The emergence of hydraulic fracturing, which uses high pressure water to crack underground rocks, has produced even more oil-field water that needs disposal.
Wastewater injection wells can pose other problems. As detailed in a Chronicle investigation last year, California regulators for years let oil companies inject their wastewater into relatively high-quality aquifers that were supposed to be protected by law.

… Scientists had previously tied quakes to underground injections of water into California’s geothermal energy fields, but not to injections of oil-field waste water.

“You do have these swarms popping up unexpectedly in random places,” said the research paper’s lead author, Thomas Goebel, with UC Santa Cruz. “So we tried to be as rigorous as possible.”

The quakes included in the new study, which struck near the Central Valley’s southern edge, weren’t large, with the most powerful registering magnitude 4.7. But injection wells have been linked elsewhere to quakes as large as magnitude 5.6, Goebel said.

“These are quakes that can be felt and can cause damage,” said Shaye Wolf, climate science director for the Center for Biological Diversity environmental group. Her organization in 2014 issued a study that counted 350 injection wells in California within 5 miles of an active fault.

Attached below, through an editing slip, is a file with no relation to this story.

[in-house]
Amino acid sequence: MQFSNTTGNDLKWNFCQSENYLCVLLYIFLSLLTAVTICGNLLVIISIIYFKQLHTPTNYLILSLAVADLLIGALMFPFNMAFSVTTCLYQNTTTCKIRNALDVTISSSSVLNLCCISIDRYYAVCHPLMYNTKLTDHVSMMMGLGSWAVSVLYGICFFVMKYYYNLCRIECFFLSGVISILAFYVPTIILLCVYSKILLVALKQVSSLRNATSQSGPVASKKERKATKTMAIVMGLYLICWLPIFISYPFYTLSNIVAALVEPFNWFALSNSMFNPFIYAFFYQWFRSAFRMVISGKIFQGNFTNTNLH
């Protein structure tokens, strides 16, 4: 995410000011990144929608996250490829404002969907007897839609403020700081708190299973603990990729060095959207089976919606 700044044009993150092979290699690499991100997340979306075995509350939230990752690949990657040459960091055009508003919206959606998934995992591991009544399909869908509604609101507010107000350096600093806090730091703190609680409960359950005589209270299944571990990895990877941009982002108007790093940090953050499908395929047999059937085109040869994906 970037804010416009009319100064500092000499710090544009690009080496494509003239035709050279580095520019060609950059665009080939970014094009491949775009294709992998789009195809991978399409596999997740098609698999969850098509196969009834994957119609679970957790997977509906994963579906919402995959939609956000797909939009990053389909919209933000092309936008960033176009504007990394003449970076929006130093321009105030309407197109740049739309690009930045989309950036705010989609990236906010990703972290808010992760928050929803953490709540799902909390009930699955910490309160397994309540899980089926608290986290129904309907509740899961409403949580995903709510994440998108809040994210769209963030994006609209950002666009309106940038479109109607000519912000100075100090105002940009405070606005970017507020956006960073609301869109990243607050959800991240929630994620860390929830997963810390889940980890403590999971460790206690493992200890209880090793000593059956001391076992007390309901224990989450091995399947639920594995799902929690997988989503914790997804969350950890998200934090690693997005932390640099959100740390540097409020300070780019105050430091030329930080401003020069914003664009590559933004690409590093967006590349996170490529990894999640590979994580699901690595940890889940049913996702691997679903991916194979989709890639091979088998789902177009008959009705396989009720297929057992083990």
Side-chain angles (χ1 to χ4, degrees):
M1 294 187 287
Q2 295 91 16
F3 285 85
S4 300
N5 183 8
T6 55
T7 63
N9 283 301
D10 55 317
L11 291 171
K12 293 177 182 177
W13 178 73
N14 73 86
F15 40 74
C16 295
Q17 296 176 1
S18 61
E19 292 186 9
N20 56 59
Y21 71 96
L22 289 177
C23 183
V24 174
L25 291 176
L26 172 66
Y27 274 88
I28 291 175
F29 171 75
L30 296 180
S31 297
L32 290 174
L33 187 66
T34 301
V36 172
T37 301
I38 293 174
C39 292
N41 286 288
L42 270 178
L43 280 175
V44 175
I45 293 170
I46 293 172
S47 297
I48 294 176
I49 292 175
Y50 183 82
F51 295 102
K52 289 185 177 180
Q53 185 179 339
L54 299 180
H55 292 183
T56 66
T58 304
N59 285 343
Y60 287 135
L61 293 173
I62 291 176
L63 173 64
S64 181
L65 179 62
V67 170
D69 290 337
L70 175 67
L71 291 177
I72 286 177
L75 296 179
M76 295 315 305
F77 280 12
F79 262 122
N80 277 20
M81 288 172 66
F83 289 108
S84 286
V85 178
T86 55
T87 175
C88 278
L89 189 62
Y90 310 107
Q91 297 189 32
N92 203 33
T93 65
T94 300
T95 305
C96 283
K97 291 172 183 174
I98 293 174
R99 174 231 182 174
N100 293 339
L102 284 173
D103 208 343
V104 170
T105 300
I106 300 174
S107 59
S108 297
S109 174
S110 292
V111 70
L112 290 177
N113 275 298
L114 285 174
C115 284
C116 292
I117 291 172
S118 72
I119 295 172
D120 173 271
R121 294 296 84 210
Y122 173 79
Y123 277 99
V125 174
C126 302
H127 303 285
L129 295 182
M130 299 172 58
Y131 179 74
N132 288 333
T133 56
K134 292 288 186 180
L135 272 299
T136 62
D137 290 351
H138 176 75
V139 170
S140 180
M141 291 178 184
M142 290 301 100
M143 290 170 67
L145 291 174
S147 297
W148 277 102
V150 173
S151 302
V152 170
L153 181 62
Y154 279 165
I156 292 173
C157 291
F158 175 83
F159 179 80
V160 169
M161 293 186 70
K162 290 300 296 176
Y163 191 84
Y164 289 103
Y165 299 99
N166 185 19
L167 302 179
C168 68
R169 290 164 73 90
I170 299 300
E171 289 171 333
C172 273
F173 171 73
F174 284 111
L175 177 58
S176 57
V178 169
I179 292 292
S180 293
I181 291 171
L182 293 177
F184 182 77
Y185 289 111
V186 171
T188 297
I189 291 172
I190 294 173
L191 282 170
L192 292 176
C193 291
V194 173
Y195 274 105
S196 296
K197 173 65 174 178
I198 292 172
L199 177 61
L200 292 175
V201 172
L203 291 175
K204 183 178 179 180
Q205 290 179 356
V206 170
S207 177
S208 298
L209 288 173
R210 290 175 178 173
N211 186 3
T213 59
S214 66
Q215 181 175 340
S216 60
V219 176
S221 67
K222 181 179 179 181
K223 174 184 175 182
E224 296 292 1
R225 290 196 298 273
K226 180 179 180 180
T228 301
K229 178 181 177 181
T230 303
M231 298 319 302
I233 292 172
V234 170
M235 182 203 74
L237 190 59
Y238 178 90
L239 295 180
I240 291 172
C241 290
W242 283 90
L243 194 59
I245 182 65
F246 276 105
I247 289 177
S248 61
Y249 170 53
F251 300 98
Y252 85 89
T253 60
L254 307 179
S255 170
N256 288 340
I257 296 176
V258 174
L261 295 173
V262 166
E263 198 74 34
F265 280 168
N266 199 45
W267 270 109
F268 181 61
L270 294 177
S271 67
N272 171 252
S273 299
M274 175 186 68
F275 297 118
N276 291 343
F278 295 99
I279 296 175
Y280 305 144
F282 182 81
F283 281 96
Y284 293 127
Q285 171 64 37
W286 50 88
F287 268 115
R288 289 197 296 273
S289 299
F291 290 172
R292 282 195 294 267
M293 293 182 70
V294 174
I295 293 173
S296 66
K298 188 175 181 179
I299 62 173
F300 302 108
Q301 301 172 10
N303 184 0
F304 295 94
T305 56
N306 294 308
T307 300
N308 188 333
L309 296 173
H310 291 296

“There probably have been other earthquakes induced by wastewater injection that haven’t been documented, just because no one looked,” Wolf said. [Emphasis added]


FIRST RESEARCH LINKS CALIFORNIA QUAKES TO OIL OPERATIONS by Ellen Knickmeyer, February 4, 2016, Associated Press

SAN FRANCISCO (AP) — A 2005 spate of quakes in California’s Central Valley almost certainly was triggered by oilfield injection underground, a study published Thursday said in the first such link in California between oil and gas operations and earthquakes.

Researchers at the University of California at Santa Cruz, the University of Southern California and two French universities published their findings Thursday in a publication of the American Geophysical Union. The research links a local surge in injection by oil companies of wastewater underground, peaking in 2005, with an unusual jump in seismic activity in and around the Tejon Oilfield in southern Kern County.